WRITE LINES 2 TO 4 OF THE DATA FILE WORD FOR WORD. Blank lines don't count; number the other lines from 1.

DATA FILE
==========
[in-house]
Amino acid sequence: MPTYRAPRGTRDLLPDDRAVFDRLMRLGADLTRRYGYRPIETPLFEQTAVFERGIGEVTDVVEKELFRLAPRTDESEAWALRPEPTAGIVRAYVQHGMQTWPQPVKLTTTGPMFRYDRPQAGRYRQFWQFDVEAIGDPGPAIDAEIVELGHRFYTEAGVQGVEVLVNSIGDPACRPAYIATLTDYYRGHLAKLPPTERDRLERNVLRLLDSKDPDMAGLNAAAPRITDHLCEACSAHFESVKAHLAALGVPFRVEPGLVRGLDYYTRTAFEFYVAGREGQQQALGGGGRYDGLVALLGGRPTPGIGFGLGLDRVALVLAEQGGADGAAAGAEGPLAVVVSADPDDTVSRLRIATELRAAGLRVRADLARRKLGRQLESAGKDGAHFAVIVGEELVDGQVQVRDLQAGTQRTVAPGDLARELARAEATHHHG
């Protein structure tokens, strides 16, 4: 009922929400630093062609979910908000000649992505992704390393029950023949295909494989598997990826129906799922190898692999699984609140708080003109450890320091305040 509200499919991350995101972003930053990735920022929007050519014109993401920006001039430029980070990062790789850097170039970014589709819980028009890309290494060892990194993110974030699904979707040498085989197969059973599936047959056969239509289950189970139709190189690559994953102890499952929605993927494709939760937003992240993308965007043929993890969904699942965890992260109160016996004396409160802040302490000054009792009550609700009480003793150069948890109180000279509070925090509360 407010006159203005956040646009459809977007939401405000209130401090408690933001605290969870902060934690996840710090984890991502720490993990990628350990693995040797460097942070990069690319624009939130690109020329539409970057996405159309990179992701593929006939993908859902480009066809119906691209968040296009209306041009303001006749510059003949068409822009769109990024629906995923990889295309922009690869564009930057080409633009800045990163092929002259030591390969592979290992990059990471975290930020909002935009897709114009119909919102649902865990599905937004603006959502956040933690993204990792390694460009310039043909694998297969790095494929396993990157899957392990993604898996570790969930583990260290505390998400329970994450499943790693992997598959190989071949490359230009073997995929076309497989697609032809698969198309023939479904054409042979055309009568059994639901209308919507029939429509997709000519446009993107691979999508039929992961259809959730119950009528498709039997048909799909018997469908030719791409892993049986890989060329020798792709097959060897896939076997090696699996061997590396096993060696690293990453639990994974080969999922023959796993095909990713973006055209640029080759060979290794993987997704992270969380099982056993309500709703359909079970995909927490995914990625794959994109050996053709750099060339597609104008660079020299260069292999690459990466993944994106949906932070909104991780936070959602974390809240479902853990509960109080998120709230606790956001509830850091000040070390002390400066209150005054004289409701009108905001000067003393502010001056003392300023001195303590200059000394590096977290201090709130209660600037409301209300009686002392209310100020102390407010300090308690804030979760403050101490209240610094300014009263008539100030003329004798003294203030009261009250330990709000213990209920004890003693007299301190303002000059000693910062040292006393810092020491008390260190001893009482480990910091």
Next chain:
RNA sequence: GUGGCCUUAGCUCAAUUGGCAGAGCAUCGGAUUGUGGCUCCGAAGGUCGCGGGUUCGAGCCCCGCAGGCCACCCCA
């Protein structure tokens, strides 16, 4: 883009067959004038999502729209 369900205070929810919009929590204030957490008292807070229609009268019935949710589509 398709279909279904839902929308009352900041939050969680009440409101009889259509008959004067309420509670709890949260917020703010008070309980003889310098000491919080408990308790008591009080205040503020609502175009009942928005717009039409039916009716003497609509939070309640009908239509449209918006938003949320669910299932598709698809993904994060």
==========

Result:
Amino acid sequence: MPTYRAPRGTRDLLPDDRAVFDRLMRLGADLTRRYGYRPIETPLFEQTAVFERGIGEVTDVVEKELFRLAPRTDESEAWALRPEPTAGIVRAYVQHGMQTWPQPVKLTTTGPMFRYDRPQAGRYRQFWQFDVEAIGDPGPAIDAEIVELGHRFYTEAGVQGVEVLVNSIGDPACRPAYIATLTDYYRGHLAKLPPTERDRLERNVLRLLDSKDPDMAGLNAAAPRITDHLCEACSAHFESVKAHLAALGVPFRVEPGLVRGLDYYTRTAFEFYVAGREGQQQALGGGGRYDGLVALLGGRPTPGIGFGLGLDRVALVLAEQGGADGAAAGAEGPLAVVVSADPDDTVSRLRIATELRAAGLRVRADLARRKLGRQLESAGKDGAHFAVIVGEELVDGQVQVRDLQAGTQRTVAPGDLARELARAEATHHHG
């Protein structure tokens, strides 16, 4: 009922929400630093062609979910908000000649992505992704390393029950023949295909494989598997990826129906799922190898692999699984609140708080003109450890320091305040 509200499919991350995101972003930053990735920022929007050519014109993401920006001039430029980070990062790789850097170039970014589709819980028009890309290494060892990194993110974030699904979707040498085989197969059973599936047959056969239509289950189970139709190189690559994953102890499952929605993927494709939760937003992240993308965007043929993890969904699942965890992260109160016996004396409160802040302490000054009792009550609700009480003793150069948890109180000279509070925090509360 407010006159203005956040646009459809977007939401405000209130401090408690933001605290969870902060934690996840710090984890991502720490993990990628350990693995040797460097942070990069690319624009939130690109020329539409970057996405159309990179992701593929006939993908859902480009066809119906691209968040296009209306041009303001006749510059003949068409822009769109990024629906995923990889295309922009690869564009930057080409633009800045990163092929002259030591390969592979290992990059990471975290930020909002935009897709114009119909919102649902865990599905937004603006959502956040933690993204990792390694460009310039043909694998297969790095494929396993990157899957392990993604898996570790969930583990260290505390998400329970994450499943790693992997598959190989071949490359230009073997995929076309497989697609032809698969198309023939479904054409042979055309009568059994639901209308919507029939429509997709000519446009993107691979999508039929992961259809959730119950009528498709039997048909799909018997469908030719791409892993049986890989060329020798792709097959060897896939076997090696699996061997590396096993060696690293990453639990994974080969999922023959796993095909990713973006055209640029080759060979290794993987997704992270969380099982056993309500709703359909079970995909927490995914990625794959994109050996053709750099060339597609104008660079020299260069292999690459990466993944994106949906932070909104991780936070959602974390809240479902853990509960109080998120709230606790956001509830850091000040070390002390400066209150005054004289409701009108905001000067003393502010001056003392300023001195303590200059000394590096977290201090709130209660600037409301209300009686002392209310100020102390407010300090308690804030979760403050101490209240610094300014009263008539100030003329004798003294203030009261009250330990709000213990209920004890003693007299301190303002000059000693910062040292006393810092020491008390260190001893009482480990910091």
Next chain: